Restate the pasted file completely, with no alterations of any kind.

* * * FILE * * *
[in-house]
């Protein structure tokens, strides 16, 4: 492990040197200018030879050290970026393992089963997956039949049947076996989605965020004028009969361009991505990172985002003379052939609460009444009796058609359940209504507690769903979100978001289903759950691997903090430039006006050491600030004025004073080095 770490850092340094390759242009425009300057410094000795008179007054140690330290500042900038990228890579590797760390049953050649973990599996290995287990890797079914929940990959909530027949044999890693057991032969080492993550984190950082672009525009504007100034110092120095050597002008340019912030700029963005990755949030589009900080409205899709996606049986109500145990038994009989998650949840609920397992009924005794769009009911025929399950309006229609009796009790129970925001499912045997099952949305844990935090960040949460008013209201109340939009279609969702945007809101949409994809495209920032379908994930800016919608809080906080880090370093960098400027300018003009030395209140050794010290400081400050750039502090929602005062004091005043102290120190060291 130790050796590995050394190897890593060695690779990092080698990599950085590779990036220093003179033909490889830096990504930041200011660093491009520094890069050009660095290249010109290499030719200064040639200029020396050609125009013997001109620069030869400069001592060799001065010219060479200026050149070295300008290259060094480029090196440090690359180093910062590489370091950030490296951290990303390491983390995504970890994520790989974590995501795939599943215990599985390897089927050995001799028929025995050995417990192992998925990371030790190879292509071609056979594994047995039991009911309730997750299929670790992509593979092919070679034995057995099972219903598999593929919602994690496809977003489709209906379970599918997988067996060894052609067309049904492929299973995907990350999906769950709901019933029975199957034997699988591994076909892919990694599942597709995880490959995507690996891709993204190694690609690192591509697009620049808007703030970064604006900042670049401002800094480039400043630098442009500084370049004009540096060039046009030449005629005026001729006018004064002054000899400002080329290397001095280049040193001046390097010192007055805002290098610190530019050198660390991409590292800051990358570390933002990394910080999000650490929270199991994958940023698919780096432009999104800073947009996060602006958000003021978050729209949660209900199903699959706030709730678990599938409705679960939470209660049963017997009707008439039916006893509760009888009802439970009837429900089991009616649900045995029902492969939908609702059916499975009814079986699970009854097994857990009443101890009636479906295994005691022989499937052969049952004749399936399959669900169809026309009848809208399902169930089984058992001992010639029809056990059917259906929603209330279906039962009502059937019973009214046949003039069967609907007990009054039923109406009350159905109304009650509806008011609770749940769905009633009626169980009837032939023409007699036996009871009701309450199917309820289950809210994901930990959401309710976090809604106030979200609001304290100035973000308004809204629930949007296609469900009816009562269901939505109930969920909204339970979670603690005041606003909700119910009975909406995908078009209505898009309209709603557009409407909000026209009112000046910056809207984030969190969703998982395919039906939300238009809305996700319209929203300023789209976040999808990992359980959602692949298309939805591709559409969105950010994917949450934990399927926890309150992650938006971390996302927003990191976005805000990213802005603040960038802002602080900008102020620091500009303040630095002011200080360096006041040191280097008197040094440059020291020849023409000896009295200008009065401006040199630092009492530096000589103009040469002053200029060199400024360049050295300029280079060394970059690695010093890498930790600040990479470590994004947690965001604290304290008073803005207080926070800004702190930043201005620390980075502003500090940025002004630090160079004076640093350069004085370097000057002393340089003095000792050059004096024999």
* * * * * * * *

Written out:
[in-house]
């Protein structure tokens, strides 16, 4: 492990040197200018030879050290970026393992089963997956039949049947076996989605965020004028009969361009991505990172985002003379052939609460009444009796058609359940209504507690769903979100978001289903759950691997903090430039006006050491600030004025004073080095 770490850092340094390759242009425009300057410094000795008179007054140690330290500042900038990228890579590797760390049953050649973990599996290995287990890797079914929940990959909530027949044999890693057991032969080492993550984190950082672009525009504007100034110092120095050597002008340019912030700029963005990755949030589009900080409205899709996606049986109500145990038994009989998650949840609920397992009924005794769009009911025929399950309006229609009796009790129970925001499912045997099952949305844990935090960040949460008013209201109340939009279609969702945007809101949409994809495209920032379908994930800016919608809080906080880090370093960098400027300018003009030395209140050794010290400081400050750039502090929602005062004091005043102290120190060291 130790050796590995050394190897890593060695690779990092080698990599950085590779990036220093003179033909490889830096990504930041200011660093491009520094890069050009660095290249010109290499030719200064040639200029020396050609125009013997001109620069030869400069001592060799001065010219060479200026050149070295300008290259060094480029090196440090690359180093910062590489370091950030490296951290990303390491983390995504970890994520790989974590995501795939599943215990599985390897089927050995001799028929025995050995417990192992998925990371030790190879292509071609056979594994047995039991009911309730997750299929670790992509593979092919070679034995057995099972219903598999593929919602994690496809977003489709209906379970599918997988067996060894052609067309049904492929299973995907990350999906769950709901019933029975199957034997699988591994076909892919990694599942597709995880490959995507690996891709993204190694690609690192591509697009620049808007703030970064604006900042670049401002800094480039400043630098442009500084370049004009540096060039046009030449005629005026001729006018004064002054000899400002080329290397001095280049040193001046390097010192007055805002290098610190530019050198660390991409590292800051990358570390933002990394910080999000650490929270199991994958940023698919780096432009999104800073947009996060602006958000003021978050729209949660209900199903699959706030709730678990599938409705679960939470209660049963017997009707008439039916006893509760009888009802439970009837429900089991009616649900045995029902492969939908609702059916499975009814079986699970009854097994857990009443101890009636479906295994005691022989499937052969049952004749399936399959669900169809026309009848809208399902169930089984058992001992010639029809056990059917259906929603209330279906039962009502059937019973009214046949003039069967609907007990009054039923109406009350159905109304009650509806008011609770749940769905009633009626169980009837032939023409007699036996009871009701309450199917309820289950809210994901930990959401309710976090809604106030979200609001304290100035973000308004809204629930949007296609469900009816009562269901939505109930969920909204339970979670603690005041606003909700119910009975909406995908078009209505898009309209709603557009409407909000026209009112000046910056809207984030969190969703998982395919039906939300238009809305996700319209929203300023789209976040999808990992359980959602692949298309939805591709559409969105950010994917949450934990399927926890309150992650938006971390996302927003990191976005805000990213802005603040960038802002602080900008102020620091500009303040630095002011200080360096006041040191280097008197040094440059020291020849023409000896009295200008009065401006040199630092009492530096000589103009040469002053200029060199400024360049050295300029280079060394970059690695010093890498930790600040990479470590994004947690965001604290304290008073803005207080926070800004702190930043201005620390980075502003500090940025002004630090160079004076640093350069004085370097000057002393340089003095000792050059004096024999």